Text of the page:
There have been a few years with cooler than average spring weather where my snap peas produced heavily well into June, but those years are the exception to the rule. I remember one awesome year when I put up about 35 pounds of snap peas in the freezer, and that's not counting all the ones we were eating fresh. We haven't had a good pea year like that here in ages now because we warm up too early any more. What usually happens is that just about the time the peas are really beginning to produce heavily, the mid- to late-May heat kicks off powdery mildew, and once it starts occurring, there's really nothing you can do to stop it. Another problem is that some years the heat typical of mid-May arrives in mid-April, further shortening the window of opportunity for peas to produce. The pea pods themselves become infested with the powdery mildew when it shows up, whether that occurs in April, May or June, rendering them unsightly and unpalatable. When that happens, I yank out my plants and move on because there is no point to fighting the PM---it is a battle you won't win and at that point you're just wasting valuable time and space that would produce a better harvest of a warm-season crop.

    There were a few years here where I pretty much gave up entirely on all cool-season crops and stopping planting all of them except garlic, potatoes and onions because we were getting too hot too early for any of them to do well. That was probably in the 2004-2009 or 2010 time frame. I'm really not sure 2011-2014 were any better, but I kept trying with the cool-season crops anyhow. Every year the weather guys here on the local TV channel would be talking about it being "the hottest winter ever" for our area, year after year, and I could see that in the poor performance of cool-season crops. Since 2015, we have had slightly cooler spring weather overall and more moisture in spring, and some cool-season crops have done very well, but there's still times when I ponder whether it makes more sense to go back to growing only a handful of root crops (and maybe kale, since it is really heat-tolerant here in my garden) and to save most of the garden space for warm-season crops. I'm pondering trying that next year if this spring proves to be a bad year for cool-season crops. We simply go from too cold to too hot in a shockingly brief time frame some years. Perhaps this isn't as much of an issue for those of you further north, but it is a constant issue for me here down south....where, need I remind everyone, we were hitting the low 80s last week, so already seeing a brief glimpse of early heat of that type that drives cool-season crops into poor production.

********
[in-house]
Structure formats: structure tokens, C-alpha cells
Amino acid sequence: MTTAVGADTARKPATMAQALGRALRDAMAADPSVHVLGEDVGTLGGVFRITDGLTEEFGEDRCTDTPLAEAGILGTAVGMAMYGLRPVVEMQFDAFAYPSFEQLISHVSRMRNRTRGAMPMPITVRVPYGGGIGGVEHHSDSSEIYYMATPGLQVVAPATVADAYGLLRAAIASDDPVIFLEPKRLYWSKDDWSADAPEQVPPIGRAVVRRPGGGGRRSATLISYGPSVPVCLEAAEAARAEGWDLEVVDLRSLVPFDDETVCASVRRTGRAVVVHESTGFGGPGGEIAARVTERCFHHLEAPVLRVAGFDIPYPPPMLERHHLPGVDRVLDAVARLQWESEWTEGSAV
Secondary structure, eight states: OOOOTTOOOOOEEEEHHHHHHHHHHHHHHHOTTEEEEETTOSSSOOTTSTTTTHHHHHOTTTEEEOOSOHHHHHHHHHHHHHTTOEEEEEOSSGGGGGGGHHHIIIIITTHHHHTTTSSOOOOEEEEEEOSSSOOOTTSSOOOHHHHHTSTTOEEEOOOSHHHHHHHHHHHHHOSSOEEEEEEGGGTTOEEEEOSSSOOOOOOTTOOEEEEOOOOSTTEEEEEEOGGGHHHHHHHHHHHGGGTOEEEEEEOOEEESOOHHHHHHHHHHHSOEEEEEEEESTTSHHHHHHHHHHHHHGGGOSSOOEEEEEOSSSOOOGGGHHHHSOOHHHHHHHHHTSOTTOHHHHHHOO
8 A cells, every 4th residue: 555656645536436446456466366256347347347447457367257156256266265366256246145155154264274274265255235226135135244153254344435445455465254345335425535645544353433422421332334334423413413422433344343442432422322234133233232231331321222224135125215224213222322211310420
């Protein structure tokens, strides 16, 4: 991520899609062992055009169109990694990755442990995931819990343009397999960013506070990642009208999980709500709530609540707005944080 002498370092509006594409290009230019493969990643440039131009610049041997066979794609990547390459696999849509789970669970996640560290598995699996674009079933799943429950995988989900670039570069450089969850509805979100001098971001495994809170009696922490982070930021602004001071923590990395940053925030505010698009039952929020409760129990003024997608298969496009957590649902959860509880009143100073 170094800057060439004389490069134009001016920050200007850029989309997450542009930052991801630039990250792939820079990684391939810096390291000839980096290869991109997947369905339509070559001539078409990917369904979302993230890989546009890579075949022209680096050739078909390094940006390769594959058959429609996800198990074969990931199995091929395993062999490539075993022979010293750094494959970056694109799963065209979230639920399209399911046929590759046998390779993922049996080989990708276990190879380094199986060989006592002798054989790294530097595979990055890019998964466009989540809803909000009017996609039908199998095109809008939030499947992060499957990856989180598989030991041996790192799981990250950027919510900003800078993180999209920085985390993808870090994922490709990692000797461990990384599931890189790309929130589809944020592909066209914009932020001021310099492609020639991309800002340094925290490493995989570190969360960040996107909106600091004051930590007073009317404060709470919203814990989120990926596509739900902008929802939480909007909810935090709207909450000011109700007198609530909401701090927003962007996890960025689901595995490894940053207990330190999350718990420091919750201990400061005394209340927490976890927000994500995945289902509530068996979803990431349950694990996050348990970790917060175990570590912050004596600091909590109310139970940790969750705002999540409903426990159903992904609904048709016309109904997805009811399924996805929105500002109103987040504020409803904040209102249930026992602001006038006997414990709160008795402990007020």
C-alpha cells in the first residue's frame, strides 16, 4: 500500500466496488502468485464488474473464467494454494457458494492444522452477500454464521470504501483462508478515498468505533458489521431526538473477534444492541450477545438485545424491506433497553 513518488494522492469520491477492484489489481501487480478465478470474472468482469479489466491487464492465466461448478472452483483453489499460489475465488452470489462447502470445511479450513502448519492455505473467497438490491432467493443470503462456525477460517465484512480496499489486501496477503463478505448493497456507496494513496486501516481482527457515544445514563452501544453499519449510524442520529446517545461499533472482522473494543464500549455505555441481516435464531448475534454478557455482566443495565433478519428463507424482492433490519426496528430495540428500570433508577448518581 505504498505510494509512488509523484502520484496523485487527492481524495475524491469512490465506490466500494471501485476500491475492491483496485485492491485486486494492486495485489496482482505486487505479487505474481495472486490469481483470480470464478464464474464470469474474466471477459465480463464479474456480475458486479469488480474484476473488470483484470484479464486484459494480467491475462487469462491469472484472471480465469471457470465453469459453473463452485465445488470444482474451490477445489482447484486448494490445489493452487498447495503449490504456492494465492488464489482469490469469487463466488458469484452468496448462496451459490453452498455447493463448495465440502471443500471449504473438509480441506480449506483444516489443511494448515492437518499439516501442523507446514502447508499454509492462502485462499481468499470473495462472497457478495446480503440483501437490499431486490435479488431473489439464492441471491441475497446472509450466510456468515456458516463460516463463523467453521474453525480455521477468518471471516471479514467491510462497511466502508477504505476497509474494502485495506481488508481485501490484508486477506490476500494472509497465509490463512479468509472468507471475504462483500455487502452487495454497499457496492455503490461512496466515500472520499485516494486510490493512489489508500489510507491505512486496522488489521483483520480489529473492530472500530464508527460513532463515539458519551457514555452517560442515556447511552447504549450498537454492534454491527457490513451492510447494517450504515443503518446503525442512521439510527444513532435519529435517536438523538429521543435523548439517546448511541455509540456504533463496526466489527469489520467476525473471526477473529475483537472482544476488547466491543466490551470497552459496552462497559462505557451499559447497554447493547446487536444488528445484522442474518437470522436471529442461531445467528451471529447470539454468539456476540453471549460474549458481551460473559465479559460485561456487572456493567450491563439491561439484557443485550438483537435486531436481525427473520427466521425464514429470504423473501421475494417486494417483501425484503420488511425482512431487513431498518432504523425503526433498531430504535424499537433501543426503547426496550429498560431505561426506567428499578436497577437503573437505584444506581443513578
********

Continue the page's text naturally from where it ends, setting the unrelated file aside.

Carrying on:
There are times I think that sugar snap peas aren't even worth the time and effort I put into raising them, but then, one spring morning when I am standing in the garden, plucking pods off the vine and eating them fresh right there in the garden....at a moment like that, they are worth it. The whole issue then becomes how long you can keep them producing like that and since it is weather-dependent, there's no guarantees. Sometimes the first early picking of peas is the only good one, sometimes they produce for a couple of months. You just never know what you'll get.


  • bon

    *hugs* Thanks Dawn! 35lbs? Holy moly. Best I can get is when I find a bunch of pea pods on sale at the grocer. They don't make it long. The first time I did this, I bought 2 lbs and discovered that frozen pea pods in the middle of summer were fabulous.

    It really is nice thinking that pea harvests can be counted on, but you're right. I'll keep trying for an occasional treat.

    If your search is still working then its just a lack of memory on my Boolean searches because I haven't searched in a while. I'll persist until the algos know what I'm searching for.

    I agree with you on the depletion of the GW site. It probably won't survive. My back up is over at George's proboards.